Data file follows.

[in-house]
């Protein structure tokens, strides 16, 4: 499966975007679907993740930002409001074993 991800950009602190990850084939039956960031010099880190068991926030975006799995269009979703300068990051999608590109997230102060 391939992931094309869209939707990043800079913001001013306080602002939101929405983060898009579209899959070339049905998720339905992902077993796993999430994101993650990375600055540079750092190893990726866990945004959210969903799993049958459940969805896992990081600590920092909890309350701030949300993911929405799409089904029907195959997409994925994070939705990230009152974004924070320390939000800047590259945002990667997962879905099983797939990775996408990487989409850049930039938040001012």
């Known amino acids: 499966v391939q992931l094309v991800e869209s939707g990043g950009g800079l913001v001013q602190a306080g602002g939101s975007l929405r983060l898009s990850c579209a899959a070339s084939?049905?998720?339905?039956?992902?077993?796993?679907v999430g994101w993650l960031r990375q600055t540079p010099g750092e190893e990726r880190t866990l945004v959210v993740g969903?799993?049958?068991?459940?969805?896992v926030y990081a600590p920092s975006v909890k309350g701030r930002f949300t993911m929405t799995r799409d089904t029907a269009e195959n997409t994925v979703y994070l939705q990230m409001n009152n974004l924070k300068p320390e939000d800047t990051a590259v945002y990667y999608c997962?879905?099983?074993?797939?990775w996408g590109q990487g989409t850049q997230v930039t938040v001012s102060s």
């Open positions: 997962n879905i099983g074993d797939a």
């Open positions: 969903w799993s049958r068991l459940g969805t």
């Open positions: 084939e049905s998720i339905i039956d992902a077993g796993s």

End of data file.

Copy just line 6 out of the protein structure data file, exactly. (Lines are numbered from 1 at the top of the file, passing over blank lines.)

């Open positions: 084939e049905s998720i339905i039956d992902a077993g796993s």